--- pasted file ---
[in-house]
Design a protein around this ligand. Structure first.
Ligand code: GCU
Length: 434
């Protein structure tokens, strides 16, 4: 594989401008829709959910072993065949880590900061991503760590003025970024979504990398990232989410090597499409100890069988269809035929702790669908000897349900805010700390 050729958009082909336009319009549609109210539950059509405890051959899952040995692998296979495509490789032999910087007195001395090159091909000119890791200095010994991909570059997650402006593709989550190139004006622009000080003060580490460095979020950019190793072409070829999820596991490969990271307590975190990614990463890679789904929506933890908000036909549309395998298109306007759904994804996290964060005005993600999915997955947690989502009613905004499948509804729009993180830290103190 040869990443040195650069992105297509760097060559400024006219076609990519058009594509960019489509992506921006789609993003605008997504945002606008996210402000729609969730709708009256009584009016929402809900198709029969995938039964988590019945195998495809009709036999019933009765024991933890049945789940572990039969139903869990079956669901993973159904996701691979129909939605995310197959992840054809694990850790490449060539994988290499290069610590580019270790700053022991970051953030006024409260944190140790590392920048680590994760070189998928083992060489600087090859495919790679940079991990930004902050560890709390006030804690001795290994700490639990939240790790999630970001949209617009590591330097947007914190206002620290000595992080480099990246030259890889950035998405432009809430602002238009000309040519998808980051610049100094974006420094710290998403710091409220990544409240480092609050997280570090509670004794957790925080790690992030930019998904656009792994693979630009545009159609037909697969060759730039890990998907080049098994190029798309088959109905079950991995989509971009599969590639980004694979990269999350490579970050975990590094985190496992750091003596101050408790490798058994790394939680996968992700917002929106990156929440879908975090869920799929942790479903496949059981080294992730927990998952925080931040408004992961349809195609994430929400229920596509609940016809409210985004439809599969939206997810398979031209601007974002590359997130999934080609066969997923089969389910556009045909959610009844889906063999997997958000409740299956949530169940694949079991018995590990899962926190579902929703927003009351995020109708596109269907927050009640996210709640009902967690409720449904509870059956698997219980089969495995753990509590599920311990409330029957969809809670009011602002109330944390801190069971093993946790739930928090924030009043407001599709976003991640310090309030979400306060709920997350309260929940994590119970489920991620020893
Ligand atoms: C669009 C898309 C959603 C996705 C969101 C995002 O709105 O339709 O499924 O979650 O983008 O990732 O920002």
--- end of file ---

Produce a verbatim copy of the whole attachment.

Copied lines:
[in-house]
Design a protein around this ligand. Structure first.
Ligand code: GCU
Length: 434
């Protein structure tokens, strides 16, 4: 594989401008829709959910072993065949880590900061991503760590003025970024979504990398990232989410090597499409100890069988269809035929702790669908000897349900805010700390 050729958009082909336009319009549609109210539950059509405890051959899952040995692998296979495509490789032999910087007195001395090159091909000119890791200095010994991909570059997650402006593709989550190139004006622009000080003060580490460095979020950019190793072409070829999820596991490969990271307590975190990614990463890679789904929506933890908000036909549309395998298109306007759904994804996290964060005005993600999915997955947690989502009613905004499948509804729009993180830290103190 040869990443040195650069992105297509760097060559400024006219076609990519058009594509960019489509992506921006789609993003605008997504945002606008996210402000729609969730709708009256009584009016929402809900198709029969995938039964988590019945195998495809009709036999019933009765024991933890049945789940572990039969139903869990079956669901993973159904996701691979129909939605995310197959992840054809694990850790490449060539994988290499290069610590580019270790700053022991970051953030006024409260944190140790590392920048680590994760070189998928083992060489600087090859495919790679940079991990930004902050560890709390006030804690001795290994700490639990939240790790999630970001949209617009590591330097947007914190206002620290000595992080480099990246030259890889950035998405432009809430602002238009000309040519998808980051610049100094974006420094710290998403710091409220990544409240480092609050997280570090509670004794957790925080790690992030930019998904656009792994693979630009545009159609037909697969060759730039890990998907080049098994190029798309088959109905079950991995989509971009599969590639980004694979990269999350490579970050975990590094985190496992750091003596101050408790490798058994790394939680996968992700917002929106990156929440879908975090869920799929942790479903496949059981080294992730927990998952925080931040408004992961349809195609994430929400229920596509609940016809409210985004439809599969939206997810398979031209601007974002590359997130999934080609066969997923089969389910556009045909959610009844889906063999997997958000409740299956949530169940694949079991018995590990899962926190579902929703927003009351995020109708596109269907927050009640996210709640009902967690409720449904509870059956698997219980089969495995753990509590599920311990409330029957969809809670009011602002109330944390801190069971093993946790739930928090924030009043407001599709976003991640310090309030979400306060709920997350309260929940994590119970489920991620020893
Ligand atoms: C669009 C898309 C959603 C996705 C969101 C995002 O709105 O339709 O499924 O979650 O983008 O990732 O920002």